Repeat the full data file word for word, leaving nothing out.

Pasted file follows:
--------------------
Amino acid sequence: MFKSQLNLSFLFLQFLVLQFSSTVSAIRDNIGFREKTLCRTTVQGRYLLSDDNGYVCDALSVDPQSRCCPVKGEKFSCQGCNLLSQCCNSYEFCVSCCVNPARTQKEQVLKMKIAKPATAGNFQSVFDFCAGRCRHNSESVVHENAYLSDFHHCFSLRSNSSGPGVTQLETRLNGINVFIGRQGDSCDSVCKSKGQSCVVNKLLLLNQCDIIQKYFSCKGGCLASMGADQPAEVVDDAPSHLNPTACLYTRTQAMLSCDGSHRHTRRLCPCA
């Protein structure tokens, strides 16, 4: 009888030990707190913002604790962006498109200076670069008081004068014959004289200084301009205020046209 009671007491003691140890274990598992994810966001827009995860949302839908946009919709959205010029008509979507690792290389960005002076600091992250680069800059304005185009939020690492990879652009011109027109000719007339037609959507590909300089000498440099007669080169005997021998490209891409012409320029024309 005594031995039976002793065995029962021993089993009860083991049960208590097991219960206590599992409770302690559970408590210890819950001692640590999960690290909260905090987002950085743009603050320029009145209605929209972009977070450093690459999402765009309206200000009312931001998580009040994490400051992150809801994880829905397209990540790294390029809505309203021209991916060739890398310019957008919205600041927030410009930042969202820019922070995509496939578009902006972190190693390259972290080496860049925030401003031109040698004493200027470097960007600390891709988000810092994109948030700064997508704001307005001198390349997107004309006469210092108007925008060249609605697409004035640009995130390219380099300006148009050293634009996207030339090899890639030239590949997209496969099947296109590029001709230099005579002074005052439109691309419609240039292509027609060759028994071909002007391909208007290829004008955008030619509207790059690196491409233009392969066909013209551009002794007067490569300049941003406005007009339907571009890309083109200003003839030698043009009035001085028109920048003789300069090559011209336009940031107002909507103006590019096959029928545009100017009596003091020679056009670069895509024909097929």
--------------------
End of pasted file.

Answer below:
Amino acid sequence: MFKSQLNLSFLFLQFLVLQFSSTVSAIRDNIGFREKTLCRTTVQGRYLLSDDNGYVCDALSVDPQSRCCPVKGEKFSCQGCNLLSQCCNSYEFCVSCCVNPARTQKEQVLKMKIAKPATAGNFQSVFDFCAGRCRHNSESVVHENAYLSDFHHCFSLRSNSSGPGVTQLETRLNGINVFIGRQGDSCDSVCKSKGQSCVVNKLLLLNQCDIIQKYFSCKGGCLASMGADQPAEVVDDAPSHLNPTACLYTRTQAMLSCDGSHRHTRRLCPCA
């Protein structure tokens, strides 16, 4: 009888030990707190913002604790962006498109200076670069008081004068014959004289200084301009205020046209 009671007491003691140890274990598992994810966001827009995860949302839908946009919709959205010029008509979507690792290389960005002076600091992250680069800059304005185009939020690492990879652009011109027109000719007339037609959507590909300089000498440099007669080169005997021998490209891409012409320029024309 005594031995039976002793065995029962021993089993009860083991049960208590097991219960206590599992409770302690559970408590210890819950001692640590999960690290909260905090987002950085743009603050320029009145209605929209972009977070450093690459999402765009309206200000009312931001998580009040994490400051992150809801994880829905397209990540790294390029809505309203021209991916060739890398310019957008919205600041927030410009930042969202820019922070995509496939578009902006972190190693390259972290080496860049925030401003031109040698004493200027470097960007600390891709988000810092994109948030700064997508704001307005001198390349997107004309006469210092108007925008060249609605697409004035640009995130390219380099300006148009050293634009996207030339090899890639030239590949997209496969099947296109590029001709230099005579002074005052439109691309419609240039292509027609060759028994071909002007391909208007290829004008955008030619509207790059690196491409233009392969066909013209551009002794007067490569300049941003406005007009339907571009890309083109200003003839030698043009009035001085028109920048003789300069090559011209336009940031107002909507103006590019096959029928545009100017009596003091020679056009670069895509024909097929």